A few months ago, I wrote about the FDA’s proposal for allowing the use of the word “Healthy” on food labels. I said:
If we must have health claims on food packages, the FDA’s proposals are pretty good. They require any product labeled “healthy” to contain some real food (as opposed to a collection of chemical ingredients or, as author Michael Pollan calls them, “food-like objects”), and for the first time they include limits on sugars…These proposed rules would exclude almost all cereals marketed to children.
Now, the Consumer Brands Association (formerly Grocery Manufacturers Association), which represents Big Food, and which objects to the FDA’s proposal, has proposed an alternative framework.
The CBA is clear about its objectives. It worries that
consumers could second guess or even reject items that might no longer be qualified to bear the “healthy” claim that can bear the claim today…As it stands, the proposed rule would eliminate an inordinate number of packaged products from being considered “healthy.”
That, of course, is its point.
The CBA issued what I read as a clear threat:
FDA’s proposed changes to its “healthy” definition will contradict the current Dietary Guidelines, causing confusion among consumers and potentially inviting legal challenges for the agency.
In other words, if the FDA does not back down on this, CBA intends to go to court over it.
This was also clear from the CBAs 54-page set of comments to the FDA. As quoted in the Washington Post, the CBA said:
We are particularly concerned by the overly stringent proposed added sugars thresholds. We appreciate FDA’s interest in assessing added sugars intake. We believe, however, that FDA’s restrictive approach to added sugars content in foods described as healthy is unwarranted and outside FDA’s authority given the lack of scientific consensus on the relationship between sugar intake and diet-related disease.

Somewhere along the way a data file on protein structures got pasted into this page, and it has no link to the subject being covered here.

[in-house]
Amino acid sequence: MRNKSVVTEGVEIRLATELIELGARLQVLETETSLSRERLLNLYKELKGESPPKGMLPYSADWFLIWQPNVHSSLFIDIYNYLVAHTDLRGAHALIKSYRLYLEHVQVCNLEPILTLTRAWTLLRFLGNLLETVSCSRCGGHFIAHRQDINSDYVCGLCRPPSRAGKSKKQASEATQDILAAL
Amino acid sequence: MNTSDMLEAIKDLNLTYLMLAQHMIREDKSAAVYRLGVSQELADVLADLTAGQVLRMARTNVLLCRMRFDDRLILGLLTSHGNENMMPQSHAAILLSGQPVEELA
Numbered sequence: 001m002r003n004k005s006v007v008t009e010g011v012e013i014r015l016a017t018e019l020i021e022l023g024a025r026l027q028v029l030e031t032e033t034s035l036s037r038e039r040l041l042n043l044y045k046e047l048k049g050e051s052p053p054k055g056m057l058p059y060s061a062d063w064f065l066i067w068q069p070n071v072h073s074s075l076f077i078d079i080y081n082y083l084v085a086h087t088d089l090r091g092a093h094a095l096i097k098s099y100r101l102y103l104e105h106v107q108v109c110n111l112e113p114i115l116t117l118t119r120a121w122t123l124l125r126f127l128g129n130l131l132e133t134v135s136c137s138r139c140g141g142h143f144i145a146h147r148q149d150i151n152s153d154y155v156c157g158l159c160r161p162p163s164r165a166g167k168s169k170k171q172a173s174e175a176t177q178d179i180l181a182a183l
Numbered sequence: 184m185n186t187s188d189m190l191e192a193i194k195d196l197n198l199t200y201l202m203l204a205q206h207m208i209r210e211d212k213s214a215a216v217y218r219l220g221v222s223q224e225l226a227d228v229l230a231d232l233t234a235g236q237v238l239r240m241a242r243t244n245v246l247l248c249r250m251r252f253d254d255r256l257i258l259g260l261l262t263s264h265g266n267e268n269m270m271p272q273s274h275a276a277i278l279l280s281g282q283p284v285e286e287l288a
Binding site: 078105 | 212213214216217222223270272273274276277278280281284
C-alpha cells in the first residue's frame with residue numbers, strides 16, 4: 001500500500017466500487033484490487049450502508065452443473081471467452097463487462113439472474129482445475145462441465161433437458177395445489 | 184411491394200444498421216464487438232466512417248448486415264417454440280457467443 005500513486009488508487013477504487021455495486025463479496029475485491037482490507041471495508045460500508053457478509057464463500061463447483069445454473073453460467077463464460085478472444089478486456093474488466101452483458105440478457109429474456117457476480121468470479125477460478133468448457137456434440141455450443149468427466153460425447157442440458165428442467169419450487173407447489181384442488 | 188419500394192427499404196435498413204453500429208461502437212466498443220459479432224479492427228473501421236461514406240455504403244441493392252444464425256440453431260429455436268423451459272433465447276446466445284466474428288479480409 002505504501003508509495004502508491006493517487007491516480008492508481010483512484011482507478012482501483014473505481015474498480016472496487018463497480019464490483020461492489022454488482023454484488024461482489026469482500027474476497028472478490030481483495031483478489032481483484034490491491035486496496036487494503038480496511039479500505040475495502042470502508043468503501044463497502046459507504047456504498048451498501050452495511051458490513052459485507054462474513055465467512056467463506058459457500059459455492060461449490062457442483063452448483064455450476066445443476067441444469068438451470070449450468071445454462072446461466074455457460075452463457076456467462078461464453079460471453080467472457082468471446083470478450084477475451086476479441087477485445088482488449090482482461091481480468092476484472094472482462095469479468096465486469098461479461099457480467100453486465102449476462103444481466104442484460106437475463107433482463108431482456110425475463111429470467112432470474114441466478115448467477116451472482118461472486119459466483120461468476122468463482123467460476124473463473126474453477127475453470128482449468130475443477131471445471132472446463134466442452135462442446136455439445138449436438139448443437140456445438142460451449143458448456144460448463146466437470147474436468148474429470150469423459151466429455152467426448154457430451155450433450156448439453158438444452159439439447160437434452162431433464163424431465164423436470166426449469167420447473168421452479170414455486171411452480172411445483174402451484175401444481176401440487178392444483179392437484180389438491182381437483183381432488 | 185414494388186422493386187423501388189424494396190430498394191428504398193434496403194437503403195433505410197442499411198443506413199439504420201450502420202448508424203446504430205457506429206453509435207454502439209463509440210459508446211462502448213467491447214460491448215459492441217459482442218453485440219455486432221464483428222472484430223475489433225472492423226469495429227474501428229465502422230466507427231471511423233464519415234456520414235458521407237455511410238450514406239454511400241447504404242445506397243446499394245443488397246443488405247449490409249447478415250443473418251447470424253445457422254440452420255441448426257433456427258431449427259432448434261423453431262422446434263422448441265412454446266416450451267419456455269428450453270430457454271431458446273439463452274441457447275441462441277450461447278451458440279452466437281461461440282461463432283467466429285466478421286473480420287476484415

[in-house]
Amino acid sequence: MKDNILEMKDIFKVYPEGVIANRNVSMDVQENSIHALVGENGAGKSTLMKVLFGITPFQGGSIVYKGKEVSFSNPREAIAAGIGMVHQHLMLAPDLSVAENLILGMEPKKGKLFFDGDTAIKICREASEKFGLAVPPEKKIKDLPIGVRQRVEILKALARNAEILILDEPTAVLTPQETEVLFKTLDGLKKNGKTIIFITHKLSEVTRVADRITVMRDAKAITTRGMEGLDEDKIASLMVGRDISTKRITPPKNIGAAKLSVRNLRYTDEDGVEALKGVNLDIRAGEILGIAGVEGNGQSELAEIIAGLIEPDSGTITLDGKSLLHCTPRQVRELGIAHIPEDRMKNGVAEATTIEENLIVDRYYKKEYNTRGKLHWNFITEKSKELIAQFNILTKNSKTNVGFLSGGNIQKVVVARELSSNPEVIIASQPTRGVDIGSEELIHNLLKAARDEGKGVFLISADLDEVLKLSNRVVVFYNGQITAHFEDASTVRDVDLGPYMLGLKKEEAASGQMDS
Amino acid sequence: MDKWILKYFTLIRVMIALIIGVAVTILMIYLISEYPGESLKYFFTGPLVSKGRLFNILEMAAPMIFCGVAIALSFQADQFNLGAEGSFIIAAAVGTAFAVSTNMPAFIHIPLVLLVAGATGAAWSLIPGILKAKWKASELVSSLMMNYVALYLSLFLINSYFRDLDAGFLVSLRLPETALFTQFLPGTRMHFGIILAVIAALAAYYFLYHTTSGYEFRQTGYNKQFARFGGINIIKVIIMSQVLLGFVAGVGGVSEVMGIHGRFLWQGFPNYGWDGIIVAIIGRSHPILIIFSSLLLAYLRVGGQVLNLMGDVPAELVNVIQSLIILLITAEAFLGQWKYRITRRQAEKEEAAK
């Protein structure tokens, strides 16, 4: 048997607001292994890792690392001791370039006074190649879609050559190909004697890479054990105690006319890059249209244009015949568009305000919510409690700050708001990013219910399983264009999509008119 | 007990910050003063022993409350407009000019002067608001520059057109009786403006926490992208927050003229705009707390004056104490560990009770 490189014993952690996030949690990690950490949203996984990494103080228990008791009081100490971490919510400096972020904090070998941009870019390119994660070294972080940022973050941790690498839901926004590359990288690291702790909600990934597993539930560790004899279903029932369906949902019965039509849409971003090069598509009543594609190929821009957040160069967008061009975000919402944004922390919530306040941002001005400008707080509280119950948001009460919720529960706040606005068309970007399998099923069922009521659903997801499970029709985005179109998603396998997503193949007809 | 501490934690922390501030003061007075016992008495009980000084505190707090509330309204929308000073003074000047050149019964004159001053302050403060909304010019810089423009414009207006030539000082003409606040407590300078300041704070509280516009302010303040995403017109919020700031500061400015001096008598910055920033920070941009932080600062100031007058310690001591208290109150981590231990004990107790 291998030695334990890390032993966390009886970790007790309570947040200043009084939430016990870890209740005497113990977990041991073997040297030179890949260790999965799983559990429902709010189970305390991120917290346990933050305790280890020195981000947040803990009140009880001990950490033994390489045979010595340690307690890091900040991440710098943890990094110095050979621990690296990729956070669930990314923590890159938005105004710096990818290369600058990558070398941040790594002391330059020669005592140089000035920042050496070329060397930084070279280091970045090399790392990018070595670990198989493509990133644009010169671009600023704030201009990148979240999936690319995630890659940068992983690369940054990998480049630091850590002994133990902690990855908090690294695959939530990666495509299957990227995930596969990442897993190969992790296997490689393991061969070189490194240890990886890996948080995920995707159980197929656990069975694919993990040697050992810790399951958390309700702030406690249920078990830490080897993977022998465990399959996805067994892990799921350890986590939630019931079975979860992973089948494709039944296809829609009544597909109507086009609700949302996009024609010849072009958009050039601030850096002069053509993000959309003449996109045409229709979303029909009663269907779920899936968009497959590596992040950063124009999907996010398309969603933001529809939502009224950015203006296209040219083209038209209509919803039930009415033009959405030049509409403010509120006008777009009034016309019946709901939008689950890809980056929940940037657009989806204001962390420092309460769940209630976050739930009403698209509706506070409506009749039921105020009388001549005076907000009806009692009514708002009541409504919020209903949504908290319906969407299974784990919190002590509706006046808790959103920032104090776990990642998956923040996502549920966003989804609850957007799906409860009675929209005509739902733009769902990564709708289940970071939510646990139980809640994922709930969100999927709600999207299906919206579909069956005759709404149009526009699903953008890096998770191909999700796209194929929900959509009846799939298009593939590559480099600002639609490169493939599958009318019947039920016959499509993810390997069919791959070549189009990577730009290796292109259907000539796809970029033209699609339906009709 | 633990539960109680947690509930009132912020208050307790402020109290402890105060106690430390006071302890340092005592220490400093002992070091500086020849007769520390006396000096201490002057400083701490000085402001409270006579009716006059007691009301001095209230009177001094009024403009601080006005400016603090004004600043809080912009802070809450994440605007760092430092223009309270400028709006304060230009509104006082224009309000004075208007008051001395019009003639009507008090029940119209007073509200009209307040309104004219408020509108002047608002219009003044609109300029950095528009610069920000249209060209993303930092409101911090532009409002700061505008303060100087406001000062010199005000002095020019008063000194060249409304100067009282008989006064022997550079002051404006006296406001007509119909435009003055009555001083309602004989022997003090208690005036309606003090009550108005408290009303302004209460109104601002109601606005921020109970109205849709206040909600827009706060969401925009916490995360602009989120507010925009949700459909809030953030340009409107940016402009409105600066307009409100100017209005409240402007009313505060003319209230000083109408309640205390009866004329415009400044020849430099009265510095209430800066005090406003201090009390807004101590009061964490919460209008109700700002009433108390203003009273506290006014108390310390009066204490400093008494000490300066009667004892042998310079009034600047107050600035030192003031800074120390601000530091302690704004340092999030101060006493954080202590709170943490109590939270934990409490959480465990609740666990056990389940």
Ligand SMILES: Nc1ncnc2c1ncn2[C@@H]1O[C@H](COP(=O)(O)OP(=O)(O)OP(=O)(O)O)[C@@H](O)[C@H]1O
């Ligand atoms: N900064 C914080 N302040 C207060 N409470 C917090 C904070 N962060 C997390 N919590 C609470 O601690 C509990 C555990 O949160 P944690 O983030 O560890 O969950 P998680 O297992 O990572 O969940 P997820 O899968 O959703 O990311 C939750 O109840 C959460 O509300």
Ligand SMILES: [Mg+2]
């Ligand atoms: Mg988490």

Ted Kyle, who writes the excellent newsletter, ConscienHealth, also quoted the CBA:
Manufacturers have the right to label foods that are objectively ‘healthy’ as such, based on a definition of ‘healthy’ that is truthful, factual, and non-controversial. We are concerned that limiting the truthful and non-misleading use of the word ‘healthy’ in product labeling could harm both the consumer and the manufacturer.
As Kyle put it, “If you did not catch it, this is a freedom of commercial speech argument. Any guesses how the current Supreme Court might rule on that one? Yep, corporations are people too.”
As I am ever saying, food companies are not social service or public health agencies. They are businesses whose first priority is returns of profits to shareholders, regardless of how their products affect health (or the environment, for that matter).
The pushback on the FDA’s seemingly trivial “Healthy” idea, is enought to make me think it might actually have some impact.
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The post The food industry vs. public health: the FDA’s “Healthy” label proposal appeared first on Food Politics by Marion Nestle.